# What's the largest system we can study based on “fundamental limits to computation”?

If we have a (classical) computer about the size of a room and if its computational power is only limited by fundamental limits to computation, what is the largest system we can study using different approximations/methods in a reasonable amount of time?

The question is out of curiosity and hence we need some assumptions. Please be free to edit the question if the following asssumptions are not reasonable or if we need more assumptions.

Let's assume:

1. Size of the room is 5m x 5m
2. Reasonable time = 1 month
3. Property to be calculated = ground state energy of the system
4. Accuracy - milli-Hartree
5. Type of the system - Alkenes of length $$n$$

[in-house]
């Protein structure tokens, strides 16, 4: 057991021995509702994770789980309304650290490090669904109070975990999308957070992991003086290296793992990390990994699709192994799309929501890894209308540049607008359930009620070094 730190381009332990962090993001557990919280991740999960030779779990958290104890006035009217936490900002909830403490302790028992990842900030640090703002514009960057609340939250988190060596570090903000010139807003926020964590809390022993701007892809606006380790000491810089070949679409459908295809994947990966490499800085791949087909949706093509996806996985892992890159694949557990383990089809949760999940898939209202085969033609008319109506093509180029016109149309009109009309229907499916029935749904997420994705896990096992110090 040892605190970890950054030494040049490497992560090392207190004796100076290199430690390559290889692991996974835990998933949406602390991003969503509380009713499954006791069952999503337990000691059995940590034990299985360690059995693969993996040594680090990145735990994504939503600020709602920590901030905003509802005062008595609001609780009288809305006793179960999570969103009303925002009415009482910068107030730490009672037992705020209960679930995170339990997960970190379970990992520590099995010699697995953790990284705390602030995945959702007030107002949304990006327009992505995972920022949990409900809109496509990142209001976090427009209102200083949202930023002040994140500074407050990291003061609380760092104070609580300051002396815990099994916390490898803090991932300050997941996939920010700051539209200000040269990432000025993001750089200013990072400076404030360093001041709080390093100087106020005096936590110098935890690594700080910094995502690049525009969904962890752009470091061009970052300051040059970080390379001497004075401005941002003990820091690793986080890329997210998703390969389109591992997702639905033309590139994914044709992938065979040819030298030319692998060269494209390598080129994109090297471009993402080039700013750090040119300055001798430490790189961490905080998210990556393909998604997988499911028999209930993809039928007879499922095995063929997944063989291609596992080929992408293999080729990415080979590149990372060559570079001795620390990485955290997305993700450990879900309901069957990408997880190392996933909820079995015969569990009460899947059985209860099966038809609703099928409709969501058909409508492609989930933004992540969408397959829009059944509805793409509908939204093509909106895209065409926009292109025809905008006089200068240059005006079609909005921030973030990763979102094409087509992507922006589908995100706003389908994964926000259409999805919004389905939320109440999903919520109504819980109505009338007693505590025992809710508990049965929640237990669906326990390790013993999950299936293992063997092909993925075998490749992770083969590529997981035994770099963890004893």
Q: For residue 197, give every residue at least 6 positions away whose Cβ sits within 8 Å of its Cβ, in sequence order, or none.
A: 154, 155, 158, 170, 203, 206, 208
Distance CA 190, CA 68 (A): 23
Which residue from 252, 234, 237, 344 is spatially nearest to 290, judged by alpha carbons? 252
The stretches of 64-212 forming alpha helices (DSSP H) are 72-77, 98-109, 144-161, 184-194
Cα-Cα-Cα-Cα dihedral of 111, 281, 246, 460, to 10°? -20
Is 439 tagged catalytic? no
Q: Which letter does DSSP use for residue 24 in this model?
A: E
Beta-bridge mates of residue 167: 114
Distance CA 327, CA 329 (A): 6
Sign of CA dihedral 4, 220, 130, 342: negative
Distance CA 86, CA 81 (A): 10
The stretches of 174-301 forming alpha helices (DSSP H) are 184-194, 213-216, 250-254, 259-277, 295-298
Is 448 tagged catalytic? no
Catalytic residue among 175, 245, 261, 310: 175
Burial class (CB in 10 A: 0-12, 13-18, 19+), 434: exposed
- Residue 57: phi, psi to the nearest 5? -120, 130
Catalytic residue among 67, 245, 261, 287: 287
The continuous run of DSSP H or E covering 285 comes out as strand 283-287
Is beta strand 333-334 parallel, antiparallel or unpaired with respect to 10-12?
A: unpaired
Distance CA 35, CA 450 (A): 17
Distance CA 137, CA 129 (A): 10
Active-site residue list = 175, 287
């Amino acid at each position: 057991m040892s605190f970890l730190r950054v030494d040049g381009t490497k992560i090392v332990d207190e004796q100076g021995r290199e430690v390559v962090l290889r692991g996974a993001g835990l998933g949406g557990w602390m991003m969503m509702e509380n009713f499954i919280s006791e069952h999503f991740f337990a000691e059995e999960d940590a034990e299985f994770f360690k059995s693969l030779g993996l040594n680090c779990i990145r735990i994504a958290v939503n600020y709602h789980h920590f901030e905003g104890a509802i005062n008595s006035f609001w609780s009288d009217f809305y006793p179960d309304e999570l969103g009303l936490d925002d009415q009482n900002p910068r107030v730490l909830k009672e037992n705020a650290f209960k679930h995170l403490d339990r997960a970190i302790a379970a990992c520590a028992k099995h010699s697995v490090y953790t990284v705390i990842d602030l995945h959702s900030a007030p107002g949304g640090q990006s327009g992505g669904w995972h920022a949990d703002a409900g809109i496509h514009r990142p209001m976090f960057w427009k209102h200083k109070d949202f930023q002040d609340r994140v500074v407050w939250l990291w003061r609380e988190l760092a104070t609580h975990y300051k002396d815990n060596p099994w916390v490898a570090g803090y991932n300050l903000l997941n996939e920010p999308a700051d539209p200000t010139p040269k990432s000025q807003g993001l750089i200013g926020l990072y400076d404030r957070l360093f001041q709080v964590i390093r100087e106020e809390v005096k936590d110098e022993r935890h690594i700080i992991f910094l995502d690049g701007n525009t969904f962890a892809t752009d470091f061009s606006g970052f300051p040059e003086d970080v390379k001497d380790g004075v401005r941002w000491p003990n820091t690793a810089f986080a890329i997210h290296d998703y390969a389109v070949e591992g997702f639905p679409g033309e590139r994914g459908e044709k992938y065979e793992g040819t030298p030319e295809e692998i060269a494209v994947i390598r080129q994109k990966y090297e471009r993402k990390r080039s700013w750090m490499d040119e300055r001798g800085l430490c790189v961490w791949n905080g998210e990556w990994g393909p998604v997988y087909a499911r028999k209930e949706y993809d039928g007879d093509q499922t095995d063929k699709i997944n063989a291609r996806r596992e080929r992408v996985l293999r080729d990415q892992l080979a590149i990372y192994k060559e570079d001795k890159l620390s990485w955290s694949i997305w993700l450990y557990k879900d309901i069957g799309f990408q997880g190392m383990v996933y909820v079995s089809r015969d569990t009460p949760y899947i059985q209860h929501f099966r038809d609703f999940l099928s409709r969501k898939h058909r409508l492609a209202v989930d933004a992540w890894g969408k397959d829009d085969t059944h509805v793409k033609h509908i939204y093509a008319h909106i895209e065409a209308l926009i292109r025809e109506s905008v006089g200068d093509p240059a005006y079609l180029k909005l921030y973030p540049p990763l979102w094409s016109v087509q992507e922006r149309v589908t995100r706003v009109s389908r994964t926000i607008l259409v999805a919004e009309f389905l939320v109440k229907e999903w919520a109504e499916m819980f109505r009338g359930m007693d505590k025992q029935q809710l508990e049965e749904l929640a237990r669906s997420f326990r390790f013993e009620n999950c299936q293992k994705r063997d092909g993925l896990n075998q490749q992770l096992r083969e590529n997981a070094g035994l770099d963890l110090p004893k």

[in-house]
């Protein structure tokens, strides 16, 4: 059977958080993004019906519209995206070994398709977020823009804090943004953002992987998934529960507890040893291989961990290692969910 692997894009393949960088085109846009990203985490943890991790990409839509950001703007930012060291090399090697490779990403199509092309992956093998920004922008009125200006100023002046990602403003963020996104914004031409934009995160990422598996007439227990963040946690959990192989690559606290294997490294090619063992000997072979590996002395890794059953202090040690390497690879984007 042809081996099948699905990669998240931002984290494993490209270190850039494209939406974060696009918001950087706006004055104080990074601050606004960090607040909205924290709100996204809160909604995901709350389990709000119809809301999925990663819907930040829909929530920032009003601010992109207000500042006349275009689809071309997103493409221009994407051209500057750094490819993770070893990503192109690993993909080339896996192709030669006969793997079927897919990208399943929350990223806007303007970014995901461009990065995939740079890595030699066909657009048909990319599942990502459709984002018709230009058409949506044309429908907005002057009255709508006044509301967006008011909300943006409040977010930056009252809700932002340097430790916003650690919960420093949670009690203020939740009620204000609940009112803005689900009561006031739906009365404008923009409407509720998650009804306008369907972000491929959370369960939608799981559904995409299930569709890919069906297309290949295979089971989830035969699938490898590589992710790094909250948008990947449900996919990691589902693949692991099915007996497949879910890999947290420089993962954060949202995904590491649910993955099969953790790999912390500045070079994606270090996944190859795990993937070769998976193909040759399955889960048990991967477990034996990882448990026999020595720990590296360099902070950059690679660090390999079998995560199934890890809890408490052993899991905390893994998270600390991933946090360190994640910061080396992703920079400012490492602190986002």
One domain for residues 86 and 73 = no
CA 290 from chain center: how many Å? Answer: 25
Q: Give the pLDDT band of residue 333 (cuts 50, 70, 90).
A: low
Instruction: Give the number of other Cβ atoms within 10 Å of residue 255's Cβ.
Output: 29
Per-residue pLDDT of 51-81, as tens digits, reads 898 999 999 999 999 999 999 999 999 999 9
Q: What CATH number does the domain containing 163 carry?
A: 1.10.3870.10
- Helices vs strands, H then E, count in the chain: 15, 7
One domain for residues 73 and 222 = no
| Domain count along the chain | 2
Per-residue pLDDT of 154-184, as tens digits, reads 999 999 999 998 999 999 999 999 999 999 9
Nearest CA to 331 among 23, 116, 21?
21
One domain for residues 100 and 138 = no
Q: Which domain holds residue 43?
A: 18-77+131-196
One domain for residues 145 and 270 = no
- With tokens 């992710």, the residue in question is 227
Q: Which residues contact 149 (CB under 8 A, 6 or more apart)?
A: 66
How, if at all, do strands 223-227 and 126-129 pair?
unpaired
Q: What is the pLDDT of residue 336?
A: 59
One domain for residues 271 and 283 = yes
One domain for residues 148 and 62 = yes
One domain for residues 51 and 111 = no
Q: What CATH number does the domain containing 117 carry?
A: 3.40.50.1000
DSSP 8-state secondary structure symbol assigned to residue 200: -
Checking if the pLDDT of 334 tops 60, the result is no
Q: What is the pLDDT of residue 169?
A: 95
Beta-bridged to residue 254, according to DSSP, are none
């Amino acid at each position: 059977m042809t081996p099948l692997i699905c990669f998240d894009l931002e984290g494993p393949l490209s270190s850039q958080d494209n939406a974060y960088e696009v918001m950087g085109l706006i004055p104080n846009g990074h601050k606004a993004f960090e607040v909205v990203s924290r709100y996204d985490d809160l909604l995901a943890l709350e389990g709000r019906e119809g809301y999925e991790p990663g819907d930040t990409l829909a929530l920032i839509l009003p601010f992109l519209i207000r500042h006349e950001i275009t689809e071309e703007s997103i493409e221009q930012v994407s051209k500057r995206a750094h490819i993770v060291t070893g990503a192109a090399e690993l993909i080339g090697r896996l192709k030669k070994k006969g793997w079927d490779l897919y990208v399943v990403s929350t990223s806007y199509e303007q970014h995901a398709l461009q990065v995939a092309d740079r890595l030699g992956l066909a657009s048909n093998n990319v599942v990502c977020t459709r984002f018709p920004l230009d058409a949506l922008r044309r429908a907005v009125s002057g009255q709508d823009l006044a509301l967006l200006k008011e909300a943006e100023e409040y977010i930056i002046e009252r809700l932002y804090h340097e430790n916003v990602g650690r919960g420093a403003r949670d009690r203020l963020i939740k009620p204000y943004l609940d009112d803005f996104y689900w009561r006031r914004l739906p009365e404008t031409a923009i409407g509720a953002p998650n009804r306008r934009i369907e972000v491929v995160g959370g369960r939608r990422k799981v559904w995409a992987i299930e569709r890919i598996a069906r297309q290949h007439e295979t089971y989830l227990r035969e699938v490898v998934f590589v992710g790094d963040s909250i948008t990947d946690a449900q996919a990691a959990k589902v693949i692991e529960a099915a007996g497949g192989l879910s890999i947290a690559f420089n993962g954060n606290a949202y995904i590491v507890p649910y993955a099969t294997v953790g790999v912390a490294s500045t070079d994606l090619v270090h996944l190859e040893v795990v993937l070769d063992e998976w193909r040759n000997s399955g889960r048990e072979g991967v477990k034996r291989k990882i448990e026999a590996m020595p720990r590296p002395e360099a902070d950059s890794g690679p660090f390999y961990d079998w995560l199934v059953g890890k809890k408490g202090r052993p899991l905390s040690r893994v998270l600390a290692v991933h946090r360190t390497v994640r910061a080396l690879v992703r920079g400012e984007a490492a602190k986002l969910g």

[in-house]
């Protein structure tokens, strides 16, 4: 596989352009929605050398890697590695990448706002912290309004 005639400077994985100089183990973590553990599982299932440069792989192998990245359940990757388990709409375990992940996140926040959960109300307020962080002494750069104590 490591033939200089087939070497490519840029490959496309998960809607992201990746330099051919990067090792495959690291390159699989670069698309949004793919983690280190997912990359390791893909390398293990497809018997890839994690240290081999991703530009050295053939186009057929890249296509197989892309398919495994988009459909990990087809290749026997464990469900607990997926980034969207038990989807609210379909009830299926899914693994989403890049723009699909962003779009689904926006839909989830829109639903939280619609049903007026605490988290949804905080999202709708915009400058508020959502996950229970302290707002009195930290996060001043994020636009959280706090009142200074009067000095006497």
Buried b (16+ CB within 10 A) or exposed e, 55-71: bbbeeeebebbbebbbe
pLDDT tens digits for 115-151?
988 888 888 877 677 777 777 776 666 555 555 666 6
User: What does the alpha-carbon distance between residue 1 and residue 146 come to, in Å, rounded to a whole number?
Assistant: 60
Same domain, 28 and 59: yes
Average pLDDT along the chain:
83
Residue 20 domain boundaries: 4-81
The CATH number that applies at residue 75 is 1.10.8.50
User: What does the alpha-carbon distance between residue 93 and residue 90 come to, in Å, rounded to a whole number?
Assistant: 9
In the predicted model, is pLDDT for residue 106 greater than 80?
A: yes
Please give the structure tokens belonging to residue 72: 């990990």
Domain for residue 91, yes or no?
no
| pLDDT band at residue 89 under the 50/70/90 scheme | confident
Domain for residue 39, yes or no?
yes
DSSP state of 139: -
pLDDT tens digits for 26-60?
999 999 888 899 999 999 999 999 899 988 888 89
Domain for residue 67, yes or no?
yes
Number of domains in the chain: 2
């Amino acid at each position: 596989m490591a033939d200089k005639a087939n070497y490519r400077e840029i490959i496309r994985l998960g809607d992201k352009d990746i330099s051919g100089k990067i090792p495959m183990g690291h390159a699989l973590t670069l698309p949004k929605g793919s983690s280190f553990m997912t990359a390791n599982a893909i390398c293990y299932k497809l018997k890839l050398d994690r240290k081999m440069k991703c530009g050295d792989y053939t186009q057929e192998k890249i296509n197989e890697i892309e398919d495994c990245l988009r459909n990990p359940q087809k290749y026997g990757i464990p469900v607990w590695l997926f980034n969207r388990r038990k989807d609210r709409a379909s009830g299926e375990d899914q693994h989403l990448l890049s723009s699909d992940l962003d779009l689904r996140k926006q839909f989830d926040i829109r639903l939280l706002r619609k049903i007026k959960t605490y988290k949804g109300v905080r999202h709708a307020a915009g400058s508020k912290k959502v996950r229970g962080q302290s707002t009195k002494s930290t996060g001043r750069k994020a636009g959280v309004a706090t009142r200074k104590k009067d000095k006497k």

• +1. But as I mentioned earlier, you will need to give the accuracy you want for that energy (even for the H atom, if you want the electronic energy accurate to 10^50 digits, it won't happen even if a computer the size of Earth). Also as I mentioned earlier, you'll have to choose what system you're applying this to (ex. uniform electron gas, alkenes of length n, etc.). Organic compounds containing only single-bonded C's and H's, are easier than actinide-containing heavy metals, for example. – Nike Dattani Jul 27 at 17:24
• Added some more details as mentioned by you – Thomas Jul 27 at 18:05